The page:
Correlated Subqueries With TeamSQL

Correlated subqueries are a different type of subqueries. In some situations, you must use a correlated subquery to obtain the correct reply or result data set. In this article, we will cover how to identify or detect these situations in which you must use a correlated subquery. We also show some examples of correlated subqueries, and we will even talk about how to avoid overusing correlated subqueries.



There are some data questions where the SQL must include a correlated subquery to solve the problem which is particularly true in queries where we’re looking for what we might call negatives or negatives data questions.

Let’s review the sample tables we will use: We have two tables: the employee table and the payment history table. The second table has a column called payment_type that indicates if a payment is part of a regular salary, a bonus, or an award. Let’s see some sample data on the tables we will use:


Table employee


Table payment_history


The negative data question we will solve now is: “Obtain the employee names who never received a bonus” and the SQL query to answer this question is the following:


A correlated subquery: employees who never receive a bonus



A correlated subquery is a query which is executed many times. One time per each record returned by the outer query which is the reason for the name correlated: a correlation between the number of times the subquery is executed with the number of records returned by the outer query (the outer query is the external query, not the subquery).

The main difference between a correlated subquery and a simple subquery is that correlated subqueries reference columns from the outer table. In the above example, ph.employee_id = e1.employee_id is a reference to the external subquery table. To identify a correlated query, look for these kinds of references. If you find at least one, you have a correlated subquery!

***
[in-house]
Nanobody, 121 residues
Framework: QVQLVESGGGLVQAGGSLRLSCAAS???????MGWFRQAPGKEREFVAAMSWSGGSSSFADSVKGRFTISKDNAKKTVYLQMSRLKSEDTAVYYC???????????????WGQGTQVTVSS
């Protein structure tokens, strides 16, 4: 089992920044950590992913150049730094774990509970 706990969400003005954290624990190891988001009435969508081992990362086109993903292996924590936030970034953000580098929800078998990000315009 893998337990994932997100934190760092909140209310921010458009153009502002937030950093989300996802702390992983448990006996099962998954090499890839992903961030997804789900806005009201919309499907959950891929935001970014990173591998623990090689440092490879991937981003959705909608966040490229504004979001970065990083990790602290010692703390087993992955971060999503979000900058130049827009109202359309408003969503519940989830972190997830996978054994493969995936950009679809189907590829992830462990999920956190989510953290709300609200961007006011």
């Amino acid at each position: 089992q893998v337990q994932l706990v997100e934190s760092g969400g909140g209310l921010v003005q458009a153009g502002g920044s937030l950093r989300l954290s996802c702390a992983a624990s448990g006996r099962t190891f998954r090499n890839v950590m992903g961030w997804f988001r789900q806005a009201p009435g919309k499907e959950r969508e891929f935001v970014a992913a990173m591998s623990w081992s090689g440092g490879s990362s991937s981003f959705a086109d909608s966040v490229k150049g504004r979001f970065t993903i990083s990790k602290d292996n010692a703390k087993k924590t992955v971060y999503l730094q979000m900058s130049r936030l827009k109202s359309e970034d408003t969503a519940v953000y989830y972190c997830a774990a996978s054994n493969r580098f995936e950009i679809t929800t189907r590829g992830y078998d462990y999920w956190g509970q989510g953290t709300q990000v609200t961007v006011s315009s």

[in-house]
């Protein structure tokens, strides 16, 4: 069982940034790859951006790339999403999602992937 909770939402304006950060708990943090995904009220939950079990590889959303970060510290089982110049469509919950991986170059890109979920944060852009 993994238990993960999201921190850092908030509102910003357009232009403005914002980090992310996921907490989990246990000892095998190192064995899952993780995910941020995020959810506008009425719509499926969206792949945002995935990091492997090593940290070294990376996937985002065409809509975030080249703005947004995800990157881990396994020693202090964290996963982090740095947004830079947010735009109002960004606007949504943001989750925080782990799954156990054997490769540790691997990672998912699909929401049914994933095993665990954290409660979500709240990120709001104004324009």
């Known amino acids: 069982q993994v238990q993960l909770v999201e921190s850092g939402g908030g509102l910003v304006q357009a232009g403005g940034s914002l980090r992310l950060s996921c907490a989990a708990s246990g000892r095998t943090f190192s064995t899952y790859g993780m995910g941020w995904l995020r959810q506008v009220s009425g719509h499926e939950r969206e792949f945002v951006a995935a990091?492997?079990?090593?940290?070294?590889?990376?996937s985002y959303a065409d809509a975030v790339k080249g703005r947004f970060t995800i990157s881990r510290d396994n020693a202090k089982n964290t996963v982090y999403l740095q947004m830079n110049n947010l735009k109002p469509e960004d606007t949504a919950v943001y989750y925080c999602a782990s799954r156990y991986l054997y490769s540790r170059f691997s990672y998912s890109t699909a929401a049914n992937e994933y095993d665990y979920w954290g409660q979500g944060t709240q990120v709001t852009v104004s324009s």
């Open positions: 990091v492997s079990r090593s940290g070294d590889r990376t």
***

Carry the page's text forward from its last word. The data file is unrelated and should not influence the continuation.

The negative part of the data question is often solved in the correlated subquery by using a NOT EXISTS operator in the WHERE clause. EXISTS is an operator always followed by a subquery. If the subquery returns at least one record, then the EXISTS evaluates to TRUE. If the subquery returns empty, then the EXISTS evaluates to FALSE. Note we use NOT EXISTS, which is the opposite to EXISTS.





Must we use a correlated subquery for a positive data question? No, you should not. However, if you want, you can do it. And in fact, many SQL developers do it. The reason is: For positive questions, we usually have a JOIN condition or a relationship between two tables to reply the data question. Let’s change to positive the data question of the previous example and solve it by using a JOIN instead of a correlated subquery.

The question to solve: Obtain the names of employees who received a bonus payment.

And the SQL query without using a correlated subquery to reply to this question is:




As a conclusion I would like to mention we don’t overuse correlated subqueries, if we can solve a data question with a JOIN instead of a correlated subquery, we should do it. You should only apply or use correlated subqueries for negative data questions or other cases where a correlated subquery is the only way to solve.



In this example, we will obtain the employee names, salary and month when they made a salary higher than their average monthly salary. Let’s see:




If you are reading, you can be able to identify in the previous example which is the reference to the outer subquery table. It is “ph2.employee_id = e1.employee_id”.



Correlated subqueries must be used carefully In some cases; they are a “must”. However, they tend to have poor performance, especially with huge tables. So if you can avoid, avoid them, even with small tables. You never know how many records a table will have next year!